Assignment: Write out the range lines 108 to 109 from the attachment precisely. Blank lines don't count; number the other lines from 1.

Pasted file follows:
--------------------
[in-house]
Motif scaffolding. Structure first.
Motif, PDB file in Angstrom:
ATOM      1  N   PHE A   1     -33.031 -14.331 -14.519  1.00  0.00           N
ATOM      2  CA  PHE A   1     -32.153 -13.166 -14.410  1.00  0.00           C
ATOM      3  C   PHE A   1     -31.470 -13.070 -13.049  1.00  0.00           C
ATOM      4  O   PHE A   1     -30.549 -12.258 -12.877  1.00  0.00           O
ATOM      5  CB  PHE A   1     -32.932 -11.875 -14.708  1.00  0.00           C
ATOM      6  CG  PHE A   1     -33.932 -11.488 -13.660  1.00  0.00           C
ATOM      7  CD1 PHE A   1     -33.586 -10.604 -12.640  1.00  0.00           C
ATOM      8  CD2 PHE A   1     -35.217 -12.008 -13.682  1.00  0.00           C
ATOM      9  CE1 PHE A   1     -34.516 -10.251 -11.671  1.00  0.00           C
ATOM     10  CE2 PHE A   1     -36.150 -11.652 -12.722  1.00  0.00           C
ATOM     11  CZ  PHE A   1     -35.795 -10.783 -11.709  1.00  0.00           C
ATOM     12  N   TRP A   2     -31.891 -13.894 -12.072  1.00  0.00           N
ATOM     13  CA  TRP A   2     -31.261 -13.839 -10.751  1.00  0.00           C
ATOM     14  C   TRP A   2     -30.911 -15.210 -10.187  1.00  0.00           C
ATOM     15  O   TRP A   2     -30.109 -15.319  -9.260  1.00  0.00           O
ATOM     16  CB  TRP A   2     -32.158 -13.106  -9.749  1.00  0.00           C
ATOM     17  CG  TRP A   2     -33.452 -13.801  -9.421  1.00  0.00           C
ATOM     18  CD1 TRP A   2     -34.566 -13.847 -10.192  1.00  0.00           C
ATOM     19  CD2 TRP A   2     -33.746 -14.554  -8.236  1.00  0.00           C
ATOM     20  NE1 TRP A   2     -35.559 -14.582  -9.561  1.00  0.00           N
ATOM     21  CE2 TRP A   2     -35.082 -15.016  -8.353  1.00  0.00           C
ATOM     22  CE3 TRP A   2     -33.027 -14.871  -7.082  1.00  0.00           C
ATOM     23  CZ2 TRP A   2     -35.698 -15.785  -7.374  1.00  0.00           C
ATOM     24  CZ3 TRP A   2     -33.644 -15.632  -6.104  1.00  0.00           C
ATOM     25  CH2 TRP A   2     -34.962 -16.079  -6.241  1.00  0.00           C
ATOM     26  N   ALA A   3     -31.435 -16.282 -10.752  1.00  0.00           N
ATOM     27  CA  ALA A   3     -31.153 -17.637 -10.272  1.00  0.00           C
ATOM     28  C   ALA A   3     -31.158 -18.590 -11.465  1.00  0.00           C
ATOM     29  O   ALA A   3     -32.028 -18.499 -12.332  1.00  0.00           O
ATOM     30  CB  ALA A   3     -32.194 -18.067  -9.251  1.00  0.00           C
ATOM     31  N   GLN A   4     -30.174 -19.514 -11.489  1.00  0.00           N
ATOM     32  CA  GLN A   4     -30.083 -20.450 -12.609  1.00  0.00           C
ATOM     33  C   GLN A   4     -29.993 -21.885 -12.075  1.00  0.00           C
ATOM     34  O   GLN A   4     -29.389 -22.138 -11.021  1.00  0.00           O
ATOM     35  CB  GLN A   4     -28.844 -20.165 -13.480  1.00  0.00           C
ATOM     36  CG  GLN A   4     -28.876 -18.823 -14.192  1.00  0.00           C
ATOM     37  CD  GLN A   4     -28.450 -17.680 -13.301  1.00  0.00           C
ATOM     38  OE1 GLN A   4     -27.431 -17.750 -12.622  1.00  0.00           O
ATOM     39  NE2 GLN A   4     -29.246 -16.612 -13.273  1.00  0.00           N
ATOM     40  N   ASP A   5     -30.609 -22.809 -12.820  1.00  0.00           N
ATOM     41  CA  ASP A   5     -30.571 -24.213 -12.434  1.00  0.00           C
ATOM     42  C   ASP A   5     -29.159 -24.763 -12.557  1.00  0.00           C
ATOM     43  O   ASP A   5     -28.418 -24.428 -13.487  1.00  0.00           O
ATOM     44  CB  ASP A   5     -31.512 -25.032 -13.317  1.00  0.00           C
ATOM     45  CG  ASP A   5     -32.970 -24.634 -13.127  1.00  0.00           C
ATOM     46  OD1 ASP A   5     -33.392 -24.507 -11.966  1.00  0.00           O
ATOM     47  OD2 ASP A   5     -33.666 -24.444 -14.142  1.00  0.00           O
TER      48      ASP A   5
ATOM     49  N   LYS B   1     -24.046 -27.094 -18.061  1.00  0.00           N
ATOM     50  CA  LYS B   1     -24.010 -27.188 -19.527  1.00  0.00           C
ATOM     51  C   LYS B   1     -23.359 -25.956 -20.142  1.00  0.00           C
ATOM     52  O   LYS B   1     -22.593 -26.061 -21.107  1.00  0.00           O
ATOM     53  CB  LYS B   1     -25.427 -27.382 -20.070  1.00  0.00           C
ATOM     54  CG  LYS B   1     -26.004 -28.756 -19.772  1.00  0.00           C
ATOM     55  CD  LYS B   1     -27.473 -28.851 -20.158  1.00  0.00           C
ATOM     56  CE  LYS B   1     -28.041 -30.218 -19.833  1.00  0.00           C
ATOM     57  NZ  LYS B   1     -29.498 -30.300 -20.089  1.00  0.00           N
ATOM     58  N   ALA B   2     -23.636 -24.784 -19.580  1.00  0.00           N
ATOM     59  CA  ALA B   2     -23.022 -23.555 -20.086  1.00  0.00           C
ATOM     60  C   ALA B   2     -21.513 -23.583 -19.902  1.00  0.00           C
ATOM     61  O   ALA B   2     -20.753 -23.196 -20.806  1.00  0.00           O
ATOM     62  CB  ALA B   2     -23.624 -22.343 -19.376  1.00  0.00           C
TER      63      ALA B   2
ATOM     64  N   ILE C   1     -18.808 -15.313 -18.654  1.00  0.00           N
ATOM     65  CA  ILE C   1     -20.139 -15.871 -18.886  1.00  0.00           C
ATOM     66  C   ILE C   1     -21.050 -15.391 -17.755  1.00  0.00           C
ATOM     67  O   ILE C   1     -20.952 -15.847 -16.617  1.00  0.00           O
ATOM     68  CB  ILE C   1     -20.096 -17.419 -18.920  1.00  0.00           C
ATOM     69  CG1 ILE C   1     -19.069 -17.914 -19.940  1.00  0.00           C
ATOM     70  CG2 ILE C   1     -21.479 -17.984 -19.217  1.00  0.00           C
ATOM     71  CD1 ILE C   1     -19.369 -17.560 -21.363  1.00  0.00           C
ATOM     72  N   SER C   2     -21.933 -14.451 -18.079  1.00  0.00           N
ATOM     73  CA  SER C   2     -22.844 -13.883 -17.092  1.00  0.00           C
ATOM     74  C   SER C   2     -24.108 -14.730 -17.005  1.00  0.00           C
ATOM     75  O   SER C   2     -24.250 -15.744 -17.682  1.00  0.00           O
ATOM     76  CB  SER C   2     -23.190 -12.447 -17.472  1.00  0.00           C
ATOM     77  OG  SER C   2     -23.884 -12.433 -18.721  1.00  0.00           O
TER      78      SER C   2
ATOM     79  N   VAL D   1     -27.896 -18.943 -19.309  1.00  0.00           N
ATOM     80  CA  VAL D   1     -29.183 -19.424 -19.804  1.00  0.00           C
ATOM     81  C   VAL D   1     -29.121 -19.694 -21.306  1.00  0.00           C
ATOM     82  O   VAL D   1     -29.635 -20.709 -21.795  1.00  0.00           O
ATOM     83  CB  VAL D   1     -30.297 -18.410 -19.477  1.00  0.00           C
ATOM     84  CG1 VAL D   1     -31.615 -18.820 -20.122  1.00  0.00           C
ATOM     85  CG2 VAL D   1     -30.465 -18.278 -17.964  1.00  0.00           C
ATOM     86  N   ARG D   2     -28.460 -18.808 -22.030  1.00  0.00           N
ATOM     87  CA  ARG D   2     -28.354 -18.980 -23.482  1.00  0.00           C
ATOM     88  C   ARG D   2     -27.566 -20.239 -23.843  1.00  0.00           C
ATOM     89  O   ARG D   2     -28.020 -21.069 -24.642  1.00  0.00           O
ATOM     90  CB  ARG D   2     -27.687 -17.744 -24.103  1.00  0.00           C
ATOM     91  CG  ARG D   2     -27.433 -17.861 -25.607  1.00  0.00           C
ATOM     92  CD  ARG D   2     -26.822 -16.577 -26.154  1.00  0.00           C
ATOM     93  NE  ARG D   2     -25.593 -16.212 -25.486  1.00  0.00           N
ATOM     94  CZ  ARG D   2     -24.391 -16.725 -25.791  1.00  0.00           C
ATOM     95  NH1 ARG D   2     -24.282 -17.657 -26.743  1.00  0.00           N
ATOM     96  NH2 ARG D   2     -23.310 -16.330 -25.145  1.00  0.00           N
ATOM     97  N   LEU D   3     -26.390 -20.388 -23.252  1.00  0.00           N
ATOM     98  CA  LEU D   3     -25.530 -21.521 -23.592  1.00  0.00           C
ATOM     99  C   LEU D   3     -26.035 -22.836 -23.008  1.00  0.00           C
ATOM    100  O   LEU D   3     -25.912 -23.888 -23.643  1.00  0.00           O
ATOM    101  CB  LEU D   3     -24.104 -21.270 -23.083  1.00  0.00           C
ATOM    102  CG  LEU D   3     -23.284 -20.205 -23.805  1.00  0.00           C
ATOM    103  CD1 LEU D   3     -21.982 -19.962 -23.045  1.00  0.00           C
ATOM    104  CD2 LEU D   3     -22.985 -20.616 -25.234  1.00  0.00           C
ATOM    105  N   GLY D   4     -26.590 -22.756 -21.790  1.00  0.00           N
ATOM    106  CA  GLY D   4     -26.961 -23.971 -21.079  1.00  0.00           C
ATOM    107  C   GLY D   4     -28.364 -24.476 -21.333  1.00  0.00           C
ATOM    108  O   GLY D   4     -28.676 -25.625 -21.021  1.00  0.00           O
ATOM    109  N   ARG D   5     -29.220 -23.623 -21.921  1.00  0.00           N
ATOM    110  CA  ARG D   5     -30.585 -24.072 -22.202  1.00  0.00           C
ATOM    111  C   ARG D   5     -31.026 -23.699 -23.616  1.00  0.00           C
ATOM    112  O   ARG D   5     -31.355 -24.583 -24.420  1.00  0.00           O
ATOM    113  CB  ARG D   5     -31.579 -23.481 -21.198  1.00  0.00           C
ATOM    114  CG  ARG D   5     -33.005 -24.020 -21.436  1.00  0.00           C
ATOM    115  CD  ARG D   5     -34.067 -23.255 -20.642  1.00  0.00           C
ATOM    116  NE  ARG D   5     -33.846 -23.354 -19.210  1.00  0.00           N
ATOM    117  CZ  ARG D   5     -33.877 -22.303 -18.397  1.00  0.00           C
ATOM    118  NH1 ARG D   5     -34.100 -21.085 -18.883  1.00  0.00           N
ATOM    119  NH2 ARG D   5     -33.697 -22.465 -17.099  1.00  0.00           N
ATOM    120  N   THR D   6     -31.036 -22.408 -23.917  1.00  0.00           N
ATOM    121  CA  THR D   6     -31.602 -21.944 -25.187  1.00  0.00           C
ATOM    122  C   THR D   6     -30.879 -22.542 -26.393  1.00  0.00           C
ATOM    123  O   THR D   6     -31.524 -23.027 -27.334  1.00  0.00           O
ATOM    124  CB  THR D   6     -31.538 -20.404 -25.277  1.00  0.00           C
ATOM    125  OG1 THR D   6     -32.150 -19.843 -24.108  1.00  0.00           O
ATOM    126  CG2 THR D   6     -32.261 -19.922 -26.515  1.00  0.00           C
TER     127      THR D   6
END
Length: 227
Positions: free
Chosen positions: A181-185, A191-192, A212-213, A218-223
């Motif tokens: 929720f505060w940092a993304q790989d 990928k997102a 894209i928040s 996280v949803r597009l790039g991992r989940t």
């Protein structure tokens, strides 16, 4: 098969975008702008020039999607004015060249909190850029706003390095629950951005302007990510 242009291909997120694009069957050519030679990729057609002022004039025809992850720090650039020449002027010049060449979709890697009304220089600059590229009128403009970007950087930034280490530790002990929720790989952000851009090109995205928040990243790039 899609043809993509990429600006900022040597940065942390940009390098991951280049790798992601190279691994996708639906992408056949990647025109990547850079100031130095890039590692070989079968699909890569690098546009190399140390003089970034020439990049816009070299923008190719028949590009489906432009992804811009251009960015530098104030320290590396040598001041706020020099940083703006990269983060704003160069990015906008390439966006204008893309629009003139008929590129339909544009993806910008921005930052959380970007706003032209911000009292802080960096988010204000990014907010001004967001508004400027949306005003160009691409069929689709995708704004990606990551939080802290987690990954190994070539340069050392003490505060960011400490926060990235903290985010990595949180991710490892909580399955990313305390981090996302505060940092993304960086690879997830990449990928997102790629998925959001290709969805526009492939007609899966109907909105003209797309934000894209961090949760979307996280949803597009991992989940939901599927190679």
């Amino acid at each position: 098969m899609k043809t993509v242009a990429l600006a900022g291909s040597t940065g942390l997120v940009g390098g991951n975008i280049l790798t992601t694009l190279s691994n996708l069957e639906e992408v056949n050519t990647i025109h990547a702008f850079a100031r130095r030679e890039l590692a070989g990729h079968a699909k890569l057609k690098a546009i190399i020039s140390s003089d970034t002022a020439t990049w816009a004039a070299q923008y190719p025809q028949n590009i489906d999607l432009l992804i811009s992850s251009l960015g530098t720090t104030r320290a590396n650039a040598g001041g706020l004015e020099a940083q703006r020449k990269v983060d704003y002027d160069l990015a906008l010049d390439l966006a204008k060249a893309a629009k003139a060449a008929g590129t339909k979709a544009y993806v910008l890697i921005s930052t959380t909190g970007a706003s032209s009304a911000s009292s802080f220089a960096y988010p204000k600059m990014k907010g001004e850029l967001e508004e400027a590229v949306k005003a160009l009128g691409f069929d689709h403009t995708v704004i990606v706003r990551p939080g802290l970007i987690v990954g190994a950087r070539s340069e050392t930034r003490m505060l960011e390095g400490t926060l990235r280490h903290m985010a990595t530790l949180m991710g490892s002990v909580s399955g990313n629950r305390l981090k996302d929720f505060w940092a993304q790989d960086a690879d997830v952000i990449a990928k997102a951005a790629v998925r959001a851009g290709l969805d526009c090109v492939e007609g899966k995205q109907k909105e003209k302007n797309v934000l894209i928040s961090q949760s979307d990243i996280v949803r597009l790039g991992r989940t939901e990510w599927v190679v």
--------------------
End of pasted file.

ATOM    105  N   GLY D   4     -26.590 -22.756 -21.790  1.00  0.00           N
ATOM    106  CA  GLY D   4     -26.961 -23.971 -21.079  1.00  0.00           C